This spring, a mysterious figure by the name of Quantum Bullshit Detector strolled onto the Twitter scene. Posting anonymously, they began to comment on purported breakthroughs in quantum computing—claims that the technology will speed up artificial intelligence algorithms, manage financial risk at banks, and break all encryption. The account preferred to express its opinions with a single word: “Bullshit.”
The provocations perplexed experts in the field. Because of the detector’s familiarity with jargon and the accounts it chose to follow, the person or persons behind the account seemed be part of the quantum community. Researchers were unaccustomed to such brazen trolling from someone in their own ranks. “So far it looks pretty well-calibrated, but […] vigilante justice is a high-risk affair,” physicist Scott Aaronson wrote on his blog a month after the detector’s debut. People discussed online whether to take the account’s opinions seriously.
“There is some confusion. Quantum Bullshit Detector cannot debate you. It can only detect quantum bullshit. This is why we are Quantum Bullshit Detector!” the account tweeted in response.
In the subsequent months, the account has called bullshit on statements in academic journals such as Nature and journalism publications such as Scientific American, Quanta, and yes, an article written by me in WIRED. Google’s so-called quantum supremacy demonstration? Bullshit. Andrew Yang’s tweet about Google’s quantum supremacy demonstration? Bullshit. Quantum computing pioneer Seth Lloyd accepting money from Jeffrey Epstein? Bullshit.
People now tag the detector, @BullshitQuantum, to request its take on specific articles, which the account obliges with an uncomplicated “Bullshit” or sometimes “Not bullshit.” Not everyone celebrates the detector, with one physicist calling the detector “ignorant” and condemning its “lack of talent and bad taste” in response to a negative verdict on his own work. But some find that the account provides a public service in an emerging industry prone to hyperbole. “I think it does a good job of highlighting articles that are not well-written,” says physicist Juani Bermejo-Vega of the University of Granada in Spain.
The anonymous account is a response to growing anxiety in the quantum community, as investment accelerates and hype balloons inflate. Governments in the US, UK, EU, and China have each promised more than $1 billion of investment in quantum computing and related technologies. Each country is hoping to become the first to harness the technology’s potential to help design better batteries or to break an adversary’s encryption system, for example. But these ambitions will likely take decades of work, and some researchers worry whether they can deliver on inflated expectations—or worse, that the technology might accidentally make the world a worse place. “With more money comes more promises, and more pressure to fulfill those promises, which leads to more exaggerated claims,” says Bermejo-Vega.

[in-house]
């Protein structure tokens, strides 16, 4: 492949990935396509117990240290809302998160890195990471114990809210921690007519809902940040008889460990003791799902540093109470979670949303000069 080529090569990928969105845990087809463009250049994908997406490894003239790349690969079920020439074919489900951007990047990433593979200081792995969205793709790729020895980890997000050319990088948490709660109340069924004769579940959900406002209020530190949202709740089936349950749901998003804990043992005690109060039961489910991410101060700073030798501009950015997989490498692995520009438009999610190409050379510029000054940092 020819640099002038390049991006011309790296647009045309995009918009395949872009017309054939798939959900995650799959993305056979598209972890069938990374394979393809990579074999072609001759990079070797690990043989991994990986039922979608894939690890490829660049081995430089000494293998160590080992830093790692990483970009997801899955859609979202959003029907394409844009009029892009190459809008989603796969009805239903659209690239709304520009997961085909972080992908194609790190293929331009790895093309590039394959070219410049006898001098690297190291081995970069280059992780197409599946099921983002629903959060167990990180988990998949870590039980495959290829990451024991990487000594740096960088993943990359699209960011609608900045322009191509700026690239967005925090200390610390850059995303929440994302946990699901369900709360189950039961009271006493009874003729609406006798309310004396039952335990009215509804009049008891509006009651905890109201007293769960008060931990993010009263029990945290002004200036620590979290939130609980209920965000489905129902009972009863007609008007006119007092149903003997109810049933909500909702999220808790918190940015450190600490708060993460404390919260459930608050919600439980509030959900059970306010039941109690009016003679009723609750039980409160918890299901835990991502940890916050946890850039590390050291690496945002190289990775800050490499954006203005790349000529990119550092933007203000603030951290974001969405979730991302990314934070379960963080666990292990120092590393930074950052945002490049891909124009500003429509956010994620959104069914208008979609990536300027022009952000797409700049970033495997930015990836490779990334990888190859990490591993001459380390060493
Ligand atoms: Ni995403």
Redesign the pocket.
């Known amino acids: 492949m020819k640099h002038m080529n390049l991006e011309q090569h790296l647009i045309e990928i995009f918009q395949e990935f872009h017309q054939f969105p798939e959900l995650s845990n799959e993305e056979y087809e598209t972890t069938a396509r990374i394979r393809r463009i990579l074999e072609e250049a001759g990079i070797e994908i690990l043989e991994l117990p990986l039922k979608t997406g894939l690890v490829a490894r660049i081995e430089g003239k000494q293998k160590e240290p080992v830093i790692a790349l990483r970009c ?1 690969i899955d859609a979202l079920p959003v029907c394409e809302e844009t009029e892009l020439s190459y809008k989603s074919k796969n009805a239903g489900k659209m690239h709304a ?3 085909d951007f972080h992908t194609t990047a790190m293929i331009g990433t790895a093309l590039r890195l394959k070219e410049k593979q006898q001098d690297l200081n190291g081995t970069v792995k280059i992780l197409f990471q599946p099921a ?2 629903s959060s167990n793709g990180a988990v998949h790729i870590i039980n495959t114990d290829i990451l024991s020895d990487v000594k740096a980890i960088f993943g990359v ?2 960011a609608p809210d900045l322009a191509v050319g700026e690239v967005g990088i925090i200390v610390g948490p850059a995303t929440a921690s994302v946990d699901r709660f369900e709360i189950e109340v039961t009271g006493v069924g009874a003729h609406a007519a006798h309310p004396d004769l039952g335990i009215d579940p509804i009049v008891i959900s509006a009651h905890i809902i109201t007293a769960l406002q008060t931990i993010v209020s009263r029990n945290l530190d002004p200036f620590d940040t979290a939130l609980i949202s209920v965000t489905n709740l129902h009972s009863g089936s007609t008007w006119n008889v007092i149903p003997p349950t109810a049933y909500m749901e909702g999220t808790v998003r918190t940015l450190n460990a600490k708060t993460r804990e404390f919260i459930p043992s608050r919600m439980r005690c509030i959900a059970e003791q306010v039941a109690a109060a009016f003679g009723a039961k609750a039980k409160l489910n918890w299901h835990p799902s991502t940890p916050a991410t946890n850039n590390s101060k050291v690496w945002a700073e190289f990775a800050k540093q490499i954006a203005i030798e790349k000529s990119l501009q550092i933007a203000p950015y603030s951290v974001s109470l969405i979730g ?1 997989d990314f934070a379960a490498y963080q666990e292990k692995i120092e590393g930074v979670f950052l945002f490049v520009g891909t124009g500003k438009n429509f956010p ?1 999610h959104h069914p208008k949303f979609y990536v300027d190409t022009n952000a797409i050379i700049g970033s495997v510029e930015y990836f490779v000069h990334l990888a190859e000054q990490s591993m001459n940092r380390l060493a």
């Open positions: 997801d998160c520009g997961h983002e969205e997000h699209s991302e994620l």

It’s not clear that quantum computing will end up benefiting society, says Emma McKay, a graduate student at York University in Canada who studies the societal impacts of the technology. If quantum computers are to be broadly available to users, the computers will need a lot of environmentally unfriendly infrastructure for storing data, adds McKay. According to physicist Sabine Hossenfelder, writing in The Guardian, a future quantum computer capable of simulating new chemicals would produce 10 terabytes of data per second and “require a supporting cast of conventional computers and other devices to program, operate, and monitor them.”
“I have yet to see evidence that any quantum technology is worth the amount of resources we are putting into it,” says McKay.
Most quantum researchers take a softer public stance than McKay, but they too have begun to voice their anxieties, particularly in response to a specific hyped announcement: Google’s quantum supremacy demonstration, in which the company’s researchers performed a largely useless mathematical problem on a quantum computer faster than a supercomputer. Since reports of this demonstration first leaked in September, many researchers have expressed concern that the word “supremacy” suggests quantum computers are now better than conventional ones, which is patently false. While Bermejo-Vega thinks Google’s demonstration does provide scientific value of the technology’s viability, she emphasizes their success was “narrow.” In addition, all quantum computers, including Google’s, perform inconsistently because they are prone to errors that researchers don’t know how to correct. “Google’s computer is mostly still a useless quantum computer for practical purposes,” Bermejo-Vega says.